By William New
February 23, 2004A key senator on Monday said further action may be needed to rectify the unauthorized sharing of American citizens' personal information following the admission by the Homeland Security Department that it covered up its role in the transfer of airline passengers' data without their knowledge.
"I obviously expect action to be taken, and I'm obviously going to follow up," Senate Governmental Affairs Committee Chairman Susan Collins said in an interview with National Journal reporters. "This has been an area that I feel very strongly about. It's very troubling."
The Maine Republican and committee ranking member Joseph Lieberman, D-Conn., pressed the department on the discovery that JetBlue had transferred passenger data to the Defense Department after receiving approval of Transportation Security Administration (TSA), but department officials had denied it. On Friday, the Homeland Security privacy officer released a report acknowledging that TSA was involved, but had not violated any laws.
TSA's early denial of its involvement "may call for further work by the IG [inspector general] or personnel actions, I don't know. I need to find out more about that," Collins said. Collins said she would meet with Deputy Homeland Security Secretary James Loy on Monday to discuss the results of the privacy officer's report.
Collins said another issue arising from the JetBlue case is that TSA facilitated the transfer of sensitive, personal passenger data without following the proper procedures.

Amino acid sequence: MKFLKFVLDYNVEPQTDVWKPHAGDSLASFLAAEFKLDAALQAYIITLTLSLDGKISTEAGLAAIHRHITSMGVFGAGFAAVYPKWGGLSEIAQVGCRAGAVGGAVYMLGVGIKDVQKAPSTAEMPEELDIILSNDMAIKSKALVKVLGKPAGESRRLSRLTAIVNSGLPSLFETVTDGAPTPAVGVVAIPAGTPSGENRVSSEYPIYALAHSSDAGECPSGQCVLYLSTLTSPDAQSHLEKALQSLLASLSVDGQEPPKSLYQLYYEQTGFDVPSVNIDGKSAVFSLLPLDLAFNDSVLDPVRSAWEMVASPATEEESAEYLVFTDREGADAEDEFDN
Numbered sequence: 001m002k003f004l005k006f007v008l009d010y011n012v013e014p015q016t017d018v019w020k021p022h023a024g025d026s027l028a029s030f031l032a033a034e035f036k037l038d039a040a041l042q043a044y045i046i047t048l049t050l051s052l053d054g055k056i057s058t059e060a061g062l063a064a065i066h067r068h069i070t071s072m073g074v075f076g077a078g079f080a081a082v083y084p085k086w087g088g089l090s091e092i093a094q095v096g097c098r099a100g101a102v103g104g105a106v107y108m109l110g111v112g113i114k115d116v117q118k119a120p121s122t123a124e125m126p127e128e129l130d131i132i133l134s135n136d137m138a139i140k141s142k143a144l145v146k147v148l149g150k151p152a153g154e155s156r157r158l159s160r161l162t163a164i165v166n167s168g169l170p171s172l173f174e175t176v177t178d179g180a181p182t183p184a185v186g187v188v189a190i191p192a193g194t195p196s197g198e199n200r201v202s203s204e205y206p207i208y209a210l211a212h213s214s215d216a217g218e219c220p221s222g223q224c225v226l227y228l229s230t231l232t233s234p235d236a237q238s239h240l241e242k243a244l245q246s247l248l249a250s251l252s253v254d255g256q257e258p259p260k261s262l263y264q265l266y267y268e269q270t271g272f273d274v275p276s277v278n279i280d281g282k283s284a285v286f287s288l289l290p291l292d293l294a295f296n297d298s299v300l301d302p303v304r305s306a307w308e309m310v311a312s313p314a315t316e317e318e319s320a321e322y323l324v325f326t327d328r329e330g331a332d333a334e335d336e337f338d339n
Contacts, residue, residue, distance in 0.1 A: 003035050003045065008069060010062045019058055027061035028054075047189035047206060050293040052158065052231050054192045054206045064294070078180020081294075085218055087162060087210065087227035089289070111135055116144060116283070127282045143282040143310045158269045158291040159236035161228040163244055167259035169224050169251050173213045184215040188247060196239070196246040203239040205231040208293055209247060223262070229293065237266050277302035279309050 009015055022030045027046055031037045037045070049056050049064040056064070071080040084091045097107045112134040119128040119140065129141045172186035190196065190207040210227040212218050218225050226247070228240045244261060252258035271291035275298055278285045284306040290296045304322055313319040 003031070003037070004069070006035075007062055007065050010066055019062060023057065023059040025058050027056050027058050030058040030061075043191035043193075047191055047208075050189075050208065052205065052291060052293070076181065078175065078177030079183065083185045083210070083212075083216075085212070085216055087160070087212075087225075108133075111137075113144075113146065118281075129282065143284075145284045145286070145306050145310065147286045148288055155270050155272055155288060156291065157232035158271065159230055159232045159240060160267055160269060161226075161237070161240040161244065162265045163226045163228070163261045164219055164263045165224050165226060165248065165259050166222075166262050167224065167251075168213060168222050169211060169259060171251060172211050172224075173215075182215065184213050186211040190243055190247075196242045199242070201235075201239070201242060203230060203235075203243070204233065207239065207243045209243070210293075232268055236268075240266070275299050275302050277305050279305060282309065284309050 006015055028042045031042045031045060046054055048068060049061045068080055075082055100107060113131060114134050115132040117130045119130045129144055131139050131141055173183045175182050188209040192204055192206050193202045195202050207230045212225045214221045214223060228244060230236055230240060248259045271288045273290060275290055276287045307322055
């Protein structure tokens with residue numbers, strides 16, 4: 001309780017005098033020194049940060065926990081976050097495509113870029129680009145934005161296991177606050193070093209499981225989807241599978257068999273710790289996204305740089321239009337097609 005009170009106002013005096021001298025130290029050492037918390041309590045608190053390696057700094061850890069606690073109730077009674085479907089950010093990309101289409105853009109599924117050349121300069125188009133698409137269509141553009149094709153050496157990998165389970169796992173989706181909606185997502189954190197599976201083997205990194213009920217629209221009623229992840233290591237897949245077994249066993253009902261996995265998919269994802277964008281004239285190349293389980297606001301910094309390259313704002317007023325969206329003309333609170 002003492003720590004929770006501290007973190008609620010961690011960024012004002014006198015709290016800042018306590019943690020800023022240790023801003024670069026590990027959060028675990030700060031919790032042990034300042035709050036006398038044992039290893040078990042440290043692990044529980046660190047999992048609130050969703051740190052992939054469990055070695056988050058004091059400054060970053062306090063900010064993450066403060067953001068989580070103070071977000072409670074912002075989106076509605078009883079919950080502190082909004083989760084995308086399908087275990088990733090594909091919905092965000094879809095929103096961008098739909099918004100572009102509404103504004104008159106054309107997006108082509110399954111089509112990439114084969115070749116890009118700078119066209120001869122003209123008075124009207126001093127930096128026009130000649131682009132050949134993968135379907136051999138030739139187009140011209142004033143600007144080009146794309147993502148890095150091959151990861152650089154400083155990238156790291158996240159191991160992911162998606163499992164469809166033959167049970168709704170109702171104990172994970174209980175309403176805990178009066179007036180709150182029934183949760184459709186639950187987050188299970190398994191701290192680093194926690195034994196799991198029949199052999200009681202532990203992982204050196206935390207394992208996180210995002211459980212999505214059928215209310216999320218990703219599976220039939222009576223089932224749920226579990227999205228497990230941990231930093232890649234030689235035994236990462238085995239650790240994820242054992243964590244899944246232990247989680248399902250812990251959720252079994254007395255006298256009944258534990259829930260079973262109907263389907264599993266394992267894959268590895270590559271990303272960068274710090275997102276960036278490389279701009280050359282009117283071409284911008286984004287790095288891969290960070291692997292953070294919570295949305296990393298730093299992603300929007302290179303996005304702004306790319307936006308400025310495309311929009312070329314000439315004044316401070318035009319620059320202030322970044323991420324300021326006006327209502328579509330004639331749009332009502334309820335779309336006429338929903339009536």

"Although the department may not have violated the Privacy Act, and the privacy office has found that they have not, it certainly violates the spirit of the [law]," she said.
Collins called for better training of department officials, better adherence to privacy protections and better procedures for the handling of personal information.
Collins said the issue also may slow Homeland Security's progress on implementing the Computer-Assisted Passenger Pre-screening System (CAPPS II).
"I think CAPPS II is behind schedule for a reason, and I think this is one of the reasons. It's that we do not yet have a good way, for example, for passengers to challenge inaccurate information," she said.
Failure to improve in this area could affect the nation's ability to protect itself, Collins said.
"Americans are going to be very reluctant to cooperate in security initiatives if they feel that their personal rights are not being protected," she said. "We're going to have a constant tension going forward between security and privacy, between security and civil liberties, and we have to get this down right."
Collins also said she still has concerns about the placing of the Terrorist Threat Integration Center (TTIC) under the CIA. TTIC was established by presidential executive order to handle terrorist-related information from throughout the intelligence community, including Homeland Security.
"I still am concerned that there are not clear lines of authority," Collins said. "My concern is that it will become a creation of the CIA rather than a fusion center."
By William New
February 23, 2004